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Cryogenic Fluid Management

An illustration of a deep space transport vehicle with the moon in the background.

The Cryogenic Fluid Management (CFM) project is sponsored by NASA’s Technology Demonstration Missions (TDM), part of NASA’s Space Technology Mission Directorate. An integral part of exploration systems for Earth-to-orbit transportation, human missions to the Moon and Mars, planetary exploration, and in-situ resource utilization. CFM is a term used to describe a suite of technologies that store, transfer, and measure ultra-cold fluids – such as liquid hydrogen, liquid oxygen, liquid methane, among others. The TDM program office at NASA’s Marshall Space Flight Center in Huntsville, Alabama, oversees a portfolio of technology demonstration projects led by NASA centers and industry partners across the country.

Cryogenic Fluid Management News

Shuttle, Family Inspire NASA’s Cryogenic Technology Manager
4 min read

By Daniel Boyette Jeremy Kenny squinted his eyes as he looked toward the brilliant light. Then came the deafening sound…

NASA Artemis Mission Progresses with SpaceX Starship Test Flight
3 min read

As part of NASA’s Artemis campaign to return humans to the Moon for the benefit of all, the agency is…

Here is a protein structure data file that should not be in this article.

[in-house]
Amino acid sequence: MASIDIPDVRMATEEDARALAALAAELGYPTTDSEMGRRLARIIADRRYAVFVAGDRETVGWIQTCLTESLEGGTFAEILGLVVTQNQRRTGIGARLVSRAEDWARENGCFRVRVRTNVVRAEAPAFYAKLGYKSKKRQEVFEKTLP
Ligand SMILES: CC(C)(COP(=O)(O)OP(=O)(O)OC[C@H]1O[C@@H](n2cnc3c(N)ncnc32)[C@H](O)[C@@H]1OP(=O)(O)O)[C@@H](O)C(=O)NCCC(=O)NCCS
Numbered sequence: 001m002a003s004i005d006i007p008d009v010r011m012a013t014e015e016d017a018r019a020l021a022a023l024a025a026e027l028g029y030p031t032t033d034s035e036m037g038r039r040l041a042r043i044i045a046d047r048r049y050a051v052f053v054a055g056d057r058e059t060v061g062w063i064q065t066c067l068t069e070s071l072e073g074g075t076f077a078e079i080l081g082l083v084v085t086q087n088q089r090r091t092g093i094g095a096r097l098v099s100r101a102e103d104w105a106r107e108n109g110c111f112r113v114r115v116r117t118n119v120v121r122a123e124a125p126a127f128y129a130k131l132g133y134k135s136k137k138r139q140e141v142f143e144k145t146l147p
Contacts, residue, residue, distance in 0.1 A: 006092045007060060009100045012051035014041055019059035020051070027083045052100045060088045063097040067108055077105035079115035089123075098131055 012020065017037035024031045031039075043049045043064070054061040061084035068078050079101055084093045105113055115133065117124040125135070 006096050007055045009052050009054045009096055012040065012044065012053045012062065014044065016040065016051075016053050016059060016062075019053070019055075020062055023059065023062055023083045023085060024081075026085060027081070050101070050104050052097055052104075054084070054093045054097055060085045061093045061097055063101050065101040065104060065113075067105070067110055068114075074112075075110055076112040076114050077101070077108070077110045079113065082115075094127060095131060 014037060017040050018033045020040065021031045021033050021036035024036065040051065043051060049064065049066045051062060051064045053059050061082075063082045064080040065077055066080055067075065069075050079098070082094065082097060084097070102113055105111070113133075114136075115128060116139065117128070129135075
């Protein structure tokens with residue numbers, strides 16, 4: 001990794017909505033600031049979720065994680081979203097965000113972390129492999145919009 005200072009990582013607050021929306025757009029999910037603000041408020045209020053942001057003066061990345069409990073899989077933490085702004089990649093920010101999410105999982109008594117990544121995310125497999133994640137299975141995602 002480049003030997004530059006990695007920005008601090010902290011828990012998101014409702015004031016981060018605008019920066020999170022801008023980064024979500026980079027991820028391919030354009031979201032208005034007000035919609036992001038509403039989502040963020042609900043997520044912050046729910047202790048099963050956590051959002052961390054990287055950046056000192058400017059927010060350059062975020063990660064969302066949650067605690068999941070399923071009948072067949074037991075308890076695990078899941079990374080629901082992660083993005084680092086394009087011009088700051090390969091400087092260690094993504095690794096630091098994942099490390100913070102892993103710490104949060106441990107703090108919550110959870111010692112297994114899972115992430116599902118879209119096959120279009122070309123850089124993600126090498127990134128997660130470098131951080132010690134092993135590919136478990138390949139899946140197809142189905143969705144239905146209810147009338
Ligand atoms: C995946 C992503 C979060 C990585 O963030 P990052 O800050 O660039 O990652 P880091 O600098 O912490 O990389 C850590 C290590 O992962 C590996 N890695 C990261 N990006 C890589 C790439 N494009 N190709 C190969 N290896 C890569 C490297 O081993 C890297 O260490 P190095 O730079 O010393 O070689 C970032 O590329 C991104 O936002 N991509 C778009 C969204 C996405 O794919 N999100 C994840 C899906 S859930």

NASA Tests New Spacecraft Propellant Gauge on Lunar Lander
3 min read

Editor’s note, Feb. 6, 2024: This article has been updated to clarify that the Radio Frequency Mass Gauge estimates how much…


What is Cryogenic Fluid Management?

CFM Fact Sheet

Cryogenic Fluid Management (CFM) is a term used to describe a suite of technologies that store, transfer, and measure ultra-cold fluids—such as liquid hydrogen, liquid oxygen, and liquid methane.

NASA explores the unknown in air and space, solving mysteries of Earth, the solar system, and beyond. For the agency to achieve its Moon to Mars goals, it needs cryogenic technology to keep hydrogen and other fluids cold for long periods of time while in deep space.

View the Fact Sheet about CFM Fact Sheet
A photo of the Earth, Moon and Mars all in the row where you can see them.